It’s been more than a year since Corpus Christi had a permanent city manager.
But that changes on Monday, which will be Peter Zanoni’s first day at work as the new city manager.
He apparently has done a lot of prep work for his first day of work.
He says he’s already had some interaction with the community.
This head start has helped him get a better idea of what Corpus Christi expects and needs.
“Execution is important,” he says. “I’m all about getting things done and so we need to deliver.”
As day one nears, Zanoni is more than ready to hit the ground running.
Coming into a new city with many new faces, he felt it was a good idea to hear what the community had to say.
“Getting input from the community, I’m hearing a lot from the community ever since I began the interview process,” he said. “And getting their expectations and the individual expectations and their individual needs will be helpful with me establishing the goals of the city.”
Some of those expectations have helped Zanoni set a list of priorities as the new city manager.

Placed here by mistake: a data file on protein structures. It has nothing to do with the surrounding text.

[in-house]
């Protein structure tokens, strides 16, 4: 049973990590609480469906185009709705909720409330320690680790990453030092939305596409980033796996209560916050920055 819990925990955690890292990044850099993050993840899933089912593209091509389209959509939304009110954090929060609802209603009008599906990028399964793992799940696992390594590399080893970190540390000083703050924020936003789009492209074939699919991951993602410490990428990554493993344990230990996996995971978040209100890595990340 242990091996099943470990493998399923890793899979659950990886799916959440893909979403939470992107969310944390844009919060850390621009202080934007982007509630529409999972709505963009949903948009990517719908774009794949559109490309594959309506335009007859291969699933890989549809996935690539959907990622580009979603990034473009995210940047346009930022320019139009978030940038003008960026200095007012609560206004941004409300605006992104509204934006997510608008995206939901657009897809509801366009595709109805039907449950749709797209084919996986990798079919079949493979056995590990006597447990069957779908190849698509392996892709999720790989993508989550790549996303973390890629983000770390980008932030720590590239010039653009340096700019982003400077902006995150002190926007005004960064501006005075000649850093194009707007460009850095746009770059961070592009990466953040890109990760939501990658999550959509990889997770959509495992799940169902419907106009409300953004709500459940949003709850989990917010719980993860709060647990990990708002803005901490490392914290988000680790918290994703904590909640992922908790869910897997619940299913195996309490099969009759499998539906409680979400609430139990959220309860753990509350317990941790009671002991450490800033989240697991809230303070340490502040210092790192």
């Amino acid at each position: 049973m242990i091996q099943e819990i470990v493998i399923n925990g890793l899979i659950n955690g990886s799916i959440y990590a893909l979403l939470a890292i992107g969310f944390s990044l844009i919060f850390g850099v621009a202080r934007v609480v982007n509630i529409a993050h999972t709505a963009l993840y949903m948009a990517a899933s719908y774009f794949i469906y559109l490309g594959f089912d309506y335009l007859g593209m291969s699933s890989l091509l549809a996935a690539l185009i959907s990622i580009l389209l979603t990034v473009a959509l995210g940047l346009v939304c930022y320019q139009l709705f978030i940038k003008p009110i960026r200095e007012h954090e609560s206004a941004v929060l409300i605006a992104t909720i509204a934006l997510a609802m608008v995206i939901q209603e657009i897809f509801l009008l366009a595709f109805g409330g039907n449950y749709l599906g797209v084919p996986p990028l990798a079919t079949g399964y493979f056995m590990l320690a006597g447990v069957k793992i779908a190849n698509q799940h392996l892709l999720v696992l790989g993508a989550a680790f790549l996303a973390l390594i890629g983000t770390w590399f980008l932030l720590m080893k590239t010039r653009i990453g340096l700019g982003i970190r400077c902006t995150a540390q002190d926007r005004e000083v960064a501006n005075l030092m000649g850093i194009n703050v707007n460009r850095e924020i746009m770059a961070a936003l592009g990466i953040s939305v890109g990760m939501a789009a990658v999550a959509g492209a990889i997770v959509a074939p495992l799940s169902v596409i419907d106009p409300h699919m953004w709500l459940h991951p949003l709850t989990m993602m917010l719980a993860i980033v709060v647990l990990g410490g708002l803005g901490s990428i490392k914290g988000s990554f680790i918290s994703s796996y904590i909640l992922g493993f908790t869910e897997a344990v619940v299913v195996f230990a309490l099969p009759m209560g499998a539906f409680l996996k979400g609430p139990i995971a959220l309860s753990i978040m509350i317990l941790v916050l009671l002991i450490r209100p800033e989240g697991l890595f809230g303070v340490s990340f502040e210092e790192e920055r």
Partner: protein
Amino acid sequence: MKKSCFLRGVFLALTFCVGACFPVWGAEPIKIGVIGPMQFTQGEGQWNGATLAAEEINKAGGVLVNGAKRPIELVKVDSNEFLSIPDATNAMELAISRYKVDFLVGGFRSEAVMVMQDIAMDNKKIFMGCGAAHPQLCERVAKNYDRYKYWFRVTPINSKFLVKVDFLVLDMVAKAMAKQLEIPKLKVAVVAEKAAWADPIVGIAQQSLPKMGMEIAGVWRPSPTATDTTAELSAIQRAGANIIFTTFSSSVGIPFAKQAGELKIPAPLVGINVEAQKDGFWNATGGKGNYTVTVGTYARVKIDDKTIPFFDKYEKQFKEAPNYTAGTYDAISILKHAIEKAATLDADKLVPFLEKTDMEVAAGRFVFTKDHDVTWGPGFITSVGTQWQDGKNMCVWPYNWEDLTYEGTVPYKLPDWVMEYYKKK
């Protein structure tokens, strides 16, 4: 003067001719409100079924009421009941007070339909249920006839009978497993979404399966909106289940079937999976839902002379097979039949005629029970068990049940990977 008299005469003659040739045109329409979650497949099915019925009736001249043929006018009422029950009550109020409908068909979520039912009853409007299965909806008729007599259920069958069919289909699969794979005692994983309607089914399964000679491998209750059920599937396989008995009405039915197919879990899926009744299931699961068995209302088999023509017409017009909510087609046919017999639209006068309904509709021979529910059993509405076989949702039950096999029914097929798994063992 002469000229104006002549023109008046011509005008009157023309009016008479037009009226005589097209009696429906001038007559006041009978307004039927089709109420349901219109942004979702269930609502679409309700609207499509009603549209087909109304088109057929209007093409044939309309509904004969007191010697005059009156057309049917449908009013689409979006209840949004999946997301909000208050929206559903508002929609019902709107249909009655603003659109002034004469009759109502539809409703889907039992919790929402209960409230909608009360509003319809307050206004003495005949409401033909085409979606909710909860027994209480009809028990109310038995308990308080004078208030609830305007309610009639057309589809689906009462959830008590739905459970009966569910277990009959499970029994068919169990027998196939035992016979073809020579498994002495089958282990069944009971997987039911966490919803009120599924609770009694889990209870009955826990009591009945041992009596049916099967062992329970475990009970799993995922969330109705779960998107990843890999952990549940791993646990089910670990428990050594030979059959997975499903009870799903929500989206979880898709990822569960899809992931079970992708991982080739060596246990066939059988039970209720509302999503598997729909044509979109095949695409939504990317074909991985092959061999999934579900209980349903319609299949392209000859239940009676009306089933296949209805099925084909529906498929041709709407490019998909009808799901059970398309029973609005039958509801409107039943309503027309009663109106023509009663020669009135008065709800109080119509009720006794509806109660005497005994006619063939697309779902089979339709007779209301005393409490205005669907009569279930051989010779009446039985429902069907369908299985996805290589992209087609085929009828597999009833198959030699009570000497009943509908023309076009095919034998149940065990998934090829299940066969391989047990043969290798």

His aims include:
- Improving the city’s development services department.
- Improving Corpus Christi’s roads.
- Keeping a safe water supply.
- Getting non-profits to collaborate to help the homeless population.
And in just the short time he’s been in the city, he has become well aware of the condition our streets and roads are in.
“I mean the drive off I-37 just to City Hall alone poses several questions to me,” he said.
Answering those questions about streets will be a challenge, and Zanoni understands there will be many more challenges.
But he said, that’s half the reason why he even applied.
“There’s a lot to do in Corpus Christi and that’s one of the reasons I took the job, is there is a lot of challenges that the community is asking to be addressed,” he said. “If it was an easier type of job, I probably wouldn’t have had much interest.”
Monday morning, Zanoni will be meeting with the city’s top 50 department leaders to discuss shared goals, visions and expectations.
That meeting is set for 8:30 a.m.
Salaries for past city managers have averaged about $220,000.
The City Council offered Zanoni an annual base salary of $300,000.
He’ll also receive stipends for a car, a work phone and moving expenses.